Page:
Equilibrium density profiles as obtained from DDFT calculations without driving force. © 2016 IOP Publishing Ltd. All rights reserved.

Electronic density functional theory (DFT) will be well known to anyone working in condensed matter physics, especially those trying to predict complex behavior at the atomic scale. However fewer will be familiar with classical DFT. Our Guest Editors, Robert Evans, Martin Oettel, Roland Roth and Gerhard Kahl explain:

Classical DFT [is] a formalism designed to tackle the statistical mechanics of inhomogeneous fluids. Whereas in electronic DFT the fundamental variable is the electron density in classical DFT this is the average one-body ‘particle’ density where the particles refer to atoms or ions, tackled at the Angstrom scale, or to colloidal particles, tackled at the micron length scale. Classical DFT has also been developed for polymeric systems and for liquid crystals.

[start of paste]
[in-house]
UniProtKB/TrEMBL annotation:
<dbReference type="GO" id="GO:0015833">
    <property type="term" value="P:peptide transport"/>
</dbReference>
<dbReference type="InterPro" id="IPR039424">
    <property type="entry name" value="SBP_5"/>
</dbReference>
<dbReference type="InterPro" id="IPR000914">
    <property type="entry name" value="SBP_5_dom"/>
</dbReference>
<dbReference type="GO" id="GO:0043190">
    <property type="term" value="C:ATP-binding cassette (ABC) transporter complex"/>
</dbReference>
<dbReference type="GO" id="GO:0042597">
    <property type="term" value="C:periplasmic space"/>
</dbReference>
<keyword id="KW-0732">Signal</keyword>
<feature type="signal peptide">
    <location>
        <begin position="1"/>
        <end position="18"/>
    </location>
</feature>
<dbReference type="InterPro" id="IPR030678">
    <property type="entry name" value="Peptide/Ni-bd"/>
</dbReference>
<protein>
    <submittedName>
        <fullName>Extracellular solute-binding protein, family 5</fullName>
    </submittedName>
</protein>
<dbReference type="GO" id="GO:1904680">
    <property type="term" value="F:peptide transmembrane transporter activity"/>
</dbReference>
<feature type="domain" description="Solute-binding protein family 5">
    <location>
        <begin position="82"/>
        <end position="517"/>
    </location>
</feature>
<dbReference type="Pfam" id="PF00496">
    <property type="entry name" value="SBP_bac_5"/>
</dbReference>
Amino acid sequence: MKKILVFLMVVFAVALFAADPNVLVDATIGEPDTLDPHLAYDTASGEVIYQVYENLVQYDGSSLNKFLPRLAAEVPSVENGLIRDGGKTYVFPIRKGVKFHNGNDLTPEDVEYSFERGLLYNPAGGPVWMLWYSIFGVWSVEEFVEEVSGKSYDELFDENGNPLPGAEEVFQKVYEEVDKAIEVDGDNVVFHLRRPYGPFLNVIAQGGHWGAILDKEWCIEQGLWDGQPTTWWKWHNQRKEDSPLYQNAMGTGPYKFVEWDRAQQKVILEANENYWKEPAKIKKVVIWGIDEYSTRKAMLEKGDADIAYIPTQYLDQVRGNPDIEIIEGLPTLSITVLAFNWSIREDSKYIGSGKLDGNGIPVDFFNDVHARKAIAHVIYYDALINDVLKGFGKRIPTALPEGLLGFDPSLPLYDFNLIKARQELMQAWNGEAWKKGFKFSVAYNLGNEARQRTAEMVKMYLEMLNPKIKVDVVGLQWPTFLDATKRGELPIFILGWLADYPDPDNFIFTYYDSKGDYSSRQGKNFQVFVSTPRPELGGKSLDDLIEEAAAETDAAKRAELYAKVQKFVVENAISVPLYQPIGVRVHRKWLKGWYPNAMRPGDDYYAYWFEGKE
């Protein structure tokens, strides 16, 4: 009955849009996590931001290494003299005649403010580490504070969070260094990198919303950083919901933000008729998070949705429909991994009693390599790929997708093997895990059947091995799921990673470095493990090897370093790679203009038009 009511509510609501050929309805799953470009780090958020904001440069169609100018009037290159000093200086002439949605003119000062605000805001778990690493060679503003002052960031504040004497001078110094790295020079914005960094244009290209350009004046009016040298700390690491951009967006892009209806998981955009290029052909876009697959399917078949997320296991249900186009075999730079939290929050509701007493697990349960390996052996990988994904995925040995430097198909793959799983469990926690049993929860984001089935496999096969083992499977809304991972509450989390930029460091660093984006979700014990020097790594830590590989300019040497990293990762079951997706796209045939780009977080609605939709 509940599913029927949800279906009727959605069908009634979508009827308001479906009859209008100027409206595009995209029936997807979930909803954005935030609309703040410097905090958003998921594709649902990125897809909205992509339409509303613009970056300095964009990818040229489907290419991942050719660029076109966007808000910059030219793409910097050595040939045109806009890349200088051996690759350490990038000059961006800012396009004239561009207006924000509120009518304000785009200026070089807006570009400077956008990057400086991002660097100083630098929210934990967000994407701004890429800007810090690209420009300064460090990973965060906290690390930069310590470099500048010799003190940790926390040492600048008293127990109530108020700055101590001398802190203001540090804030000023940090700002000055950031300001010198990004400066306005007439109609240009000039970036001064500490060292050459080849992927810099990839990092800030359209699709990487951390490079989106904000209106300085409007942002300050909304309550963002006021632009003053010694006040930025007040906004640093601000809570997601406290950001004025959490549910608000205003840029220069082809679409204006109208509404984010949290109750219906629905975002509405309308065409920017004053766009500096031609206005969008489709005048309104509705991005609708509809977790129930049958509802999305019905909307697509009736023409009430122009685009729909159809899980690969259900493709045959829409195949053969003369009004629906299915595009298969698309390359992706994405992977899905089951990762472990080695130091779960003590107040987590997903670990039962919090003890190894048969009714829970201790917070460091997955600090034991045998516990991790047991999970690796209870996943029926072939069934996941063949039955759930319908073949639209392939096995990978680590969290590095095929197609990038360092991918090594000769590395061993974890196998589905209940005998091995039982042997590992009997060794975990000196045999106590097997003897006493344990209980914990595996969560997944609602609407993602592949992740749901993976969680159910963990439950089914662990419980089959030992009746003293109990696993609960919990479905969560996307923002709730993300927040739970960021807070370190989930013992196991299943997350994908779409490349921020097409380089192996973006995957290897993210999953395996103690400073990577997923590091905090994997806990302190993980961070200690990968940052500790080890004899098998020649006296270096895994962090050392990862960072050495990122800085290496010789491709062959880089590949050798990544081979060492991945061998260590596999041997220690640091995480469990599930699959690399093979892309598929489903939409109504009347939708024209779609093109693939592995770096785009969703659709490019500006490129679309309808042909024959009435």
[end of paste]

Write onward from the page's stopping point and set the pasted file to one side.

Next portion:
The special issue ‘New developments in classical density functional theory‘ covers developments in two main areas, developing a new approach or a new functional, or applying current methods to a new problem. In some papers, there are even aspects of both showing that there are plenty of developments happening in this classical field.

**You can read the full special issue here.**

This work is licensed under a Creative Commons Attribution 3.0 Unported License. Image taken from Urs Zimmermann *et al* 2016 *J. Phys.: Condens. Matter* **28** 244019. © 2016 IOP Publishing Ltd. All rights reserved. Extract taken from Robert Evans *et al* 2016 *J. Phys.: Condens. Matter* **28** 240401. © 2016 IOP Publishing Ltd. All rights reserved.

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Categories: Journal of Physics: Condensed Matter

Tags: classical DFT, DFT, Liquid crystals, Polymers, Special Issue, Statistical mechanics, Statistical physics